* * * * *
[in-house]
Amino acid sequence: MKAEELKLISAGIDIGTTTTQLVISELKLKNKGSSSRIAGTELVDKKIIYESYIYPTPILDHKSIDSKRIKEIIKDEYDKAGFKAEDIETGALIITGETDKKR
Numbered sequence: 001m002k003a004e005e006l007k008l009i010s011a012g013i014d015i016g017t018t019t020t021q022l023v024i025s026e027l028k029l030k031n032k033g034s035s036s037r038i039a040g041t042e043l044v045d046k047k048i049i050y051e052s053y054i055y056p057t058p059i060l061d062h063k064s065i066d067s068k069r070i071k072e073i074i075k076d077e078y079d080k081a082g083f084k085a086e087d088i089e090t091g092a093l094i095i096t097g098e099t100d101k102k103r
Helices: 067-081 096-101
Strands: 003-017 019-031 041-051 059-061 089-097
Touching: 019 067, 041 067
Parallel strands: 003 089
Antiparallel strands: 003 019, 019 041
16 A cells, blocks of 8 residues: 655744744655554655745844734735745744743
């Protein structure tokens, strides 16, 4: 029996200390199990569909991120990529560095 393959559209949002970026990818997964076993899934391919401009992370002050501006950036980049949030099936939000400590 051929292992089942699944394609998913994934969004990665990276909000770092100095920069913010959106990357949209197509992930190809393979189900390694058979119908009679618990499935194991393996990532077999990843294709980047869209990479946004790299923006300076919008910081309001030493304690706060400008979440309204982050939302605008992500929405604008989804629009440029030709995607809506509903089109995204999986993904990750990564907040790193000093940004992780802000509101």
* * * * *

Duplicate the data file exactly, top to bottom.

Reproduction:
[in-house]
Amino acid sequence: MKAEELKLISAGIDIGTTTTQLVISELKLKNKGSSSRIAGTELVDKKIIYESYIYPTPILDHKSIDSKRIKEIIKDEYDKAGFKAEDIETGALIITGETDKKR
Numbered sequence: 001m002k003a004e005e006l007k008l009i010s011a012g013i014d015i016g017t018t019t020t021q022l023v024i025s026e027l028k029l030k031n032k033g034s035s036s037r038i039a040g041t042e043l044v045d046k047k048i049i050y051e052s053y054i055y056p057t058p059i060l061d062h063k064s065i066d067s068k069r070i071k072e073i074i075k076d077e078y079d080k081a082g083f084k085a086e087d088i089e090t091g092a093l094i095i096t097g098e099t100d101k102k103r
Helices: 067-081 096-101
Strands: 003-017 019-031 041-051 059-061 089-097
Touching: 019 067, 041 067
Parallel strands: 003 089
Antiparallel strands: 003 019, 019 041
16 A cells, blocks of 8 residues: 655744744655554655745844734735745744743
């Protein structure tokens, strides 16, 4: 029996200390199990569909991120990529560095 393959559209949002970026990818997964076993899934391919401009992370002050501006950036980049949030099936939000400590 051929292992089942699944394609998913994934969004990665990276909000770092100095920069913010959106990357949209197509992930190809393979189900390694058979119908009679618990499935194991393996990532077999990843294709980047869209990479946004790299923006300076919008910081309001030493304690706060400008979440309204982050939302605008992500929405604008989804629009440029030709995607809506509903089109995204999986993904990750990564907040790193000093940004992780802000509101």